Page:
Paul was accused by the Jews of defiling the temple, being a traitor to God, a traitor to the Roman Empire, and being a leader of sedition as he made his defense in Caesarea (Acts 24:5-6).  It was obvious he was guilty of none of those things.  Although he suffered patiently, and with dignity, he still exercised his rights of Roman citizenship in His defense.

Herod the king went as far as killing James with the sword (Acts 12:1-2).  He sought to do the same to Peter, but God delivered him.  Jesus warned his disciples they would suffer these things (Matt 10:16-23; Jn 15:18-19; Jn 16:1-2; Mk 13:9).

Christians can expect persecution.  Why?  Because darkness doesn’t mix with light.  Jesus was the True Light of the world (Jn 1:4-9).  When He entered the world, He entered a very dark place (spiritually speaking).  His teachings were met with resistance for that very reason (Jn 3:19-21).  They were in sharp contrast to the moral standards of the world.  And, that is why Christians are often persecuted.  Unbelievers often hate Christians with a passion.  If we adorn (garnish our appearance with) the teachings of Jesus Christ in our lives, we will certainly meet resistance and persecution.  The Bible tells us so (Acts 14:21-22; Php 1:29-30; 2 Tim 3:12).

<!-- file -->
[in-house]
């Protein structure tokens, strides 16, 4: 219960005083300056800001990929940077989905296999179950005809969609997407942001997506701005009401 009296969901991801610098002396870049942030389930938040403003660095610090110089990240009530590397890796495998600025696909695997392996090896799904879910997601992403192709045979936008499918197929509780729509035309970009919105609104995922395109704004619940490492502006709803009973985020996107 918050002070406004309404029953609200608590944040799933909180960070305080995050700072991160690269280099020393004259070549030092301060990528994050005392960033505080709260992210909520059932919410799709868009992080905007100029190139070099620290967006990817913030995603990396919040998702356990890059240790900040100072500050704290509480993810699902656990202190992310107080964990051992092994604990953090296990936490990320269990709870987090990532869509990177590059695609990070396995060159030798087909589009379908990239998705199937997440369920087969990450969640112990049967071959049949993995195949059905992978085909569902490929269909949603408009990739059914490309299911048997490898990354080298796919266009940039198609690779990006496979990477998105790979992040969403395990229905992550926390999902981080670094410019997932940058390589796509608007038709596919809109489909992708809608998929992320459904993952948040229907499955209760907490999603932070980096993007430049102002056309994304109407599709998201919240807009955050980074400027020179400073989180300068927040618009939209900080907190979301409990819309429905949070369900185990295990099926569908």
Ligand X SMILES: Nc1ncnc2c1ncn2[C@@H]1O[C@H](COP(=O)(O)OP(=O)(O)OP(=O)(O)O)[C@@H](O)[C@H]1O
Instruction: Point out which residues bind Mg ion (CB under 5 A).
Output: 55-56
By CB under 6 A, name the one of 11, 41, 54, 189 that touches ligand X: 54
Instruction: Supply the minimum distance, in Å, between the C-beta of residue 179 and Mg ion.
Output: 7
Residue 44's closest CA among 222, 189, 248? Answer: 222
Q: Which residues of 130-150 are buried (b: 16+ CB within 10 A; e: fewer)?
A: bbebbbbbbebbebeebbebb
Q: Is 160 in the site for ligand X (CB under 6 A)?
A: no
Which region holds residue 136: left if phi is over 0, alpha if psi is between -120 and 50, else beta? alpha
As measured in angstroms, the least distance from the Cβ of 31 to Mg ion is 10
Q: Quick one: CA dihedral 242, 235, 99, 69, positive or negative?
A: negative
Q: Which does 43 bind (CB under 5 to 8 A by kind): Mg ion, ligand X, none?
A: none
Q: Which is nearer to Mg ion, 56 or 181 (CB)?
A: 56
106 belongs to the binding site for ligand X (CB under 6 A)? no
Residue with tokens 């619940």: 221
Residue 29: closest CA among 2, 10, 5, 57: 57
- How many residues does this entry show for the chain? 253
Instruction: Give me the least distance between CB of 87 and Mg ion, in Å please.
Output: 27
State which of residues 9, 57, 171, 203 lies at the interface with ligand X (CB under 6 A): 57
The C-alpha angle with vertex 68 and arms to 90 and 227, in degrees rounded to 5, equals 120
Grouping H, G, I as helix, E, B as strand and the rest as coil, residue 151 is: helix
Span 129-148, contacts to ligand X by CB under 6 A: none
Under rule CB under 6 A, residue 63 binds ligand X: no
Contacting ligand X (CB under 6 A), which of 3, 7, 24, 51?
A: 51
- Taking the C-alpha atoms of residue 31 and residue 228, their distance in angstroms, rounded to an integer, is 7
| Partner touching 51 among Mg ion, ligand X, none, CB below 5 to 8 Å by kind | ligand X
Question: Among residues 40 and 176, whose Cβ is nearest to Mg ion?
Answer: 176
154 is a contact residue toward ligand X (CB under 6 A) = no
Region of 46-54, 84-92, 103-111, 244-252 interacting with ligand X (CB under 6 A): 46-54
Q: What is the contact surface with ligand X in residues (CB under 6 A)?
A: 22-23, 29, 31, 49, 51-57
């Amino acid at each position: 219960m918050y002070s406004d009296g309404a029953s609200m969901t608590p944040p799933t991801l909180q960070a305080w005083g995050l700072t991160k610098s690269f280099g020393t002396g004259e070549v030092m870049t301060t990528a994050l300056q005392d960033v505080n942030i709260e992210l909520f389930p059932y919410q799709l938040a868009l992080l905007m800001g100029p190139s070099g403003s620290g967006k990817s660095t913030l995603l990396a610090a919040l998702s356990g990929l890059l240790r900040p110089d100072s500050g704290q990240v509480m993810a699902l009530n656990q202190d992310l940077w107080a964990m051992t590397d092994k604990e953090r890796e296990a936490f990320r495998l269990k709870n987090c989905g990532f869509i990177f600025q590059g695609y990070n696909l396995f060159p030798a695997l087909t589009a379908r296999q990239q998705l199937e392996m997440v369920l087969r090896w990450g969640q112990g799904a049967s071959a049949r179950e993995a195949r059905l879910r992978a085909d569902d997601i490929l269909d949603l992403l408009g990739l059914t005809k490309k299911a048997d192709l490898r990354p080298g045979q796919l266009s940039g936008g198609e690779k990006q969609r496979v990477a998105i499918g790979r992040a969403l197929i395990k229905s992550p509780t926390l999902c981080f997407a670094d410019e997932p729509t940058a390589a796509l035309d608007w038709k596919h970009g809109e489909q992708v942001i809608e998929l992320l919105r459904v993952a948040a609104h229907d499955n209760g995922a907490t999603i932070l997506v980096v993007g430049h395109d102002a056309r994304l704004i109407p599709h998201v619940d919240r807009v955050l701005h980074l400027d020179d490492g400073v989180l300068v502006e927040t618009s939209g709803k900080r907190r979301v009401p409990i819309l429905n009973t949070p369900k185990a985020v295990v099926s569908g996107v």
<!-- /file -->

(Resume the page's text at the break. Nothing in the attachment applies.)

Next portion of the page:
The Bible tells us, “Don’t be afraid” (1 Pe 3:14).  Remember, suffering for Christ is only temporary; suffering for evil doing is ETERNAL!  (Rom 8:18)  When we suffer for our faith, God is with us (1 Pe 4:14; Rom 8:31; Rom 8:35-39).

How can we faithfully endure persecution?  By sanctifying the Lord in our hearts (1 Pe 3:14-15).  To “sanctify” means to “set apart”.  We can endure persecution by setting Jesus apart to a special place in our hearts; by letting Him rule on His “throne” in a central place in our hearts.  We do this by letting His will come first,  before our own, and before the will of others.  If we fail to do this, we will be afraid of what people can do to us.  If we remember that Jesus is watching over us, and will help us, we will not fear man (Heb 13:5-6).

“Rejoice, and be exceeding glad: for great is your reward in heaven: for so persecuted they the prophets which were before you.” (Matt 5:12)

Rejoice – be of full cheer.  We must regard persecution, not as something to mourn over, but rather a great privilege.  When the Christian suffers persecution they should realize they are in GOOD COMPANY.  The faithful prophets of old were persecuted; the early disciples and apostles were persecuted.  Isaiah is said to have been sawn asunder; Jeremiah was thrown into a dungeon and threatened with death; Elijah was hunted by Ahab and Jezebel.

When facing persecution, our first inclination is to retaliate.  But, Jesus does not want us to mar our Christian reputation, nor dishonor God by taking revenge.  He wants us to endure it patiently.  If we do, He will reward us abundantly.  “…Great is your reward in heaven…” (1 Cor 2:9-10).

We hope you will continue to join us in our study of the teachings of Jesus, and we invite you to visit with us at the church of Christ in Chattahoochee, FL.